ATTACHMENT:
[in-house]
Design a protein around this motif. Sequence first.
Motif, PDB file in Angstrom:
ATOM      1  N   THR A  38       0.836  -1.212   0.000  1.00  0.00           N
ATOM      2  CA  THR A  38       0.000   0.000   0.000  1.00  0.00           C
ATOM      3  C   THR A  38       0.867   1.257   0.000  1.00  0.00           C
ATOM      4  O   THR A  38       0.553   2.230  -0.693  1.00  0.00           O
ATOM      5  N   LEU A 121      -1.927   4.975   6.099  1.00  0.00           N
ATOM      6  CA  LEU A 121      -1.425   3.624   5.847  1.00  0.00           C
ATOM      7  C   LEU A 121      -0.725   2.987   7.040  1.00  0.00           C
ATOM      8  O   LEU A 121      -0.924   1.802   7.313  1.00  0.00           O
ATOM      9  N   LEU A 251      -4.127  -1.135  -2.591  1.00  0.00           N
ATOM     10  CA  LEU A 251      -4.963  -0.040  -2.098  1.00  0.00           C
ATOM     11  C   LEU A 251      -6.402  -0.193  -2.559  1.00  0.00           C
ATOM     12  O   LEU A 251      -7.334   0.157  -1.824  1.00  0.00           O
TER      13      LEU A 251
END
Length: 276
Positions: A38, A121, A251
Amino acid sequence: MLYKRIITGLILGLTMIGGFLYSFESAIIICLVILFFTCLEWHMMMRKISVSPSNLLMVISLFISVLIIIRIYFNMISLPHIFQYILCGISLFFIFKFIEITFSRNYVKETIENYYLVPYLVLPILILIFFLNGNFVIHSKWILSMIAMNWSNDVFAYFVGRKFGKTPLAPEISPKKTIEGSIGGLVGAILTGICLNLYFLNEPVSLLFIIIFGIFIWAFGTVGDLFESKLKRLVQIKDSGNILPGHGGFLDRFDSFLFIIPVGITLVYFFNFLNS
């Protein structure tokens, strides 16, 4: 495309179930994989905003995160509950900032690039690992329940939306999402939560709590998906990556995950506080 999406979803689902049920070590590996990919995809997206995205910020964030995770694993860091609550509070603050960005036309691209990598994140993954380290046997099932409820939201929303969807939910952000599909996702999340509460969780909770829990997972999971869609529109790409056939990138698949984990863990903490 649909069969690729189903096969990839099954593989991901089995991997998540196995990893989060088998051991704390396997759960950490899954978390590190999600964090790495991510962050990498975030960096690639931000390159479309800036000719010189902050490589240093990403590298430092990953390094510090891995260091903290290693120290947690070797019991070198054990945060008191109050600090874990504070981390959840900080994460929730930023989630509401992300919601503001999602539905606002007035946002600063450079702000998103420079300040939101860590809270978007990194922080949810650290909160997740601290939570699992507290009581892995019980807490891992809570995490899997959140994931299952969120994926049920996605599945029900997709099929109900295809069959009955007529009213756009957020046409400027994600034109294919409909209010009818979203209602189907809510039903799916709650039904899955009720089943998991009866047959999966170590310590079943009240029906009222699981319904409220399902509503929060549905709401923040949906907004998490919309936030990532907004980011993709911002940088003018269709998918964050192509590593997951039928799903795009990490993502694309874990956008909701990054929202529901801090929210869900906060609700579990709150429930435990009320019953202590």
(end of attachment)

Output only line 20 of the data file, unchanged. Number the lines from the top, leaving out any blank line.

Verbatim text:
Amino acid sequence: MLYKRIITGLILGLTMIGGFLYSFESAIIICLVILFFTCLEWHMMMRKISVSPSNLLMVISLFISVLIIIRIYFNMISLPHIFQYILCGISLFFIFKFIEITFSRNYVKETIENYYLVPYLVLPILILIFFLNGNFVIHSKWILSMIAMNWSNDVFAYFVGRKFGKTPLAPEISPKKTIEGSIGGLVGAILTGICLNLYFLNEPVSLLFIIIFGIFIWAFGTVGDLFESKLKRLVQIKDSGNILPGHGGFLDRFDSFLFIIPVGITLVYFFNFLNS